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Reyes-Sandoval, A.,Sridhar, S.,Berthoud, T.,Moore, A. C.,Harty, J. T.,Gilbert, S. C.,Gao, G.,Ertl, H. C.,Wilson, J. C.,Hill, A. V.
2008
March
Eur J Immunol
Single-dose immunogenicity and protective efficacy of simian adenoviral vectors against Plasmodium berghei
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38
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Simian adenoviral vectors (SAd) offer an attractive alternative to standard human adenovirus serotype 5 (AdH5) subunit vaccination, due to pre-existing immunity affecting vaccine performance. We have used a mouse model of liver-stage malaria to test the efficiency of three chimpanzee-origin adenoviral vectors, AdC6, AdC7 and AdC9 containing ME.TRAP as an insert. AdC7 and AdC9 elicited strong immunogenicity ( approximately 20% of CD8(+) T cells in spleen), equivalent to or outperforming AdH5 and inducing sterile protection in 92% (C9), 83% (H5 and C7) and 67% (C6) of the mice, providing the first evidence of single-dose protection to Plasmodium berghei. Protection was afforded by the SAd despite high levels of pre-existing immunity to AdH5. Phenotypic analysis showed that all adenoviral vectors (Ad) elicited CD8(+) T cell responses with an effector memory T cell (T(EM)) phenotype. By contrast, vaccination with poxviral vectors did not confer protection to P. berghei and induced a predominantly CD8(+) central memory T cell (T(CM)) response. Multifunctional CD8(+) T cell responses (co-expressing IFN-gamma, TNF-alpha and IL-2) were also induced by the Ad in higher percentages than the poxviral vectors. Our data suggest that T(EM) cells are important as a first line of defense against fast-replicating pathogens such as murine Plasmodium and demonstrate the potential of replication-defective SAd as future malaria vaccines for humans.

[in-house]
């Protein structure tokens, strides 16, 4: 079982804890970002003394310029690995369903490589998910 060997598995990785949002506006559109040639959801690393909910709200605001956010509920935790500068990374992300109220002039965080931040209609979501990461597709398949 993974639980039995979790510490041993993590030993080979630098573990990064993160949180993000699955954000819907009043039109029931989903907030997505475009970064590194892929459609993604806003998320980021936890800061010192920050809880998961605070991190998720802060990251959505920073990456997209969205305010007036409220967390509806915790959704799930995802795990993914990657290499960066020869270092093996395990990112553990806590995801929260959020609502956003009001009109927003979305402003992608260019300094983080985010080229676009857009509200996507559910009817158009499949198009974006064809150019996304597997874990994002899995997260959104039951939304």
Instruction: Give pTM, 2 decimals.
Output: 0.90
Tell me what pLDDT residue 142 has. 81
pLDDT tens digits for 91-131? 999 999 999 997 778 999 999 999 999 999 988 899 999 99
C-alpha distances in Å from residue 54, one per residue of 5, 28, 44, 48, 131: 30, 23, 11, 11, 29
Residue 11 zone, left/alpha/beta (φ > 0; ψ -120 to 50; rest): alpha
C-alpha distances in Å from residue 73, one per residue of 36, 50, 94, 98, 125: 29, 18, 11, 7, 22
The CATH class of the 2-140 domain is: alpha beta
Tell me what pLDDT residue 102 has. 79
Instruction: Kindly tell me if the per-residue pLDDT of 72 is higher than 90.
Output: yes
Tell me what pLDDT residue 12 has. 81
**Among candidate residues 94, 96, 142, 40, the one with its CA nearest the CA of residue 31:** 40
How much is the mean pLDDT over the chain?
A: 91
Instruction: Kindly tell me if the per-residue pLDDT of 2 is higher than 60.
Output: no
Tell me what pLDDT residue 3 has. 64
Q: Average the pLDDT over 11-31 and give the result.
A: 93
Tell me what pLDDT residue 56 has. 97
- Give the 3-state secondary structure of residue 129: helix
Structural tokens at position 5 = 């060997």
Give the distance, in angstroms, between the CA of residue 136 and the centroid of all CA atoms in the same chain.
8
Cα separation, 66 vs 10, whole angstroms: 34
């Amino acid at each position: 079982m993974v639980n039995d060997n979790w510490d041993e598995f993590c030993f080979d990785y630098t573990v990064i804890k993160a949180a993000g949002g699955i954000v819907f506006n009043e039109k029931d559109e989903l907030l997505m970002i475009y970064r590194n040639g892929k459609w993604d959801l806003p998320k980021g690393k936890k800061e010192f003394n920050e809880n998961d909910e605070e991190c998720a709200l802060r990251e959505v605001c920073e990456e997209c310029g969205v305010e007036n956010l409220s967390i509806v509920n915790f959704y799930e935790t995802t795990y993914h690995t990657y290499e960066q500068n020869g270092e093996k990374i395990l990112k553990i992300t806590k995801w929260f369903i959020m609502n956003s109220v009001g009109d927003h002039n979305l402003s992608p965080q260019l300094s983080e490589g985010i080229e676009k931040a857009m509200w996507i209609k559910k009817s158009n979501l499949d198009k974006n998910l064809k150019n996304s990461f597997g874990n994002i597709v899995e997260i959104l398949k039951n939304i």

http://www.ncbi.nlm.nih.gov/entrez/query.fcgi?cmd=Retrieve&db=PubMed&dopt=Citation&list_uids=18266272
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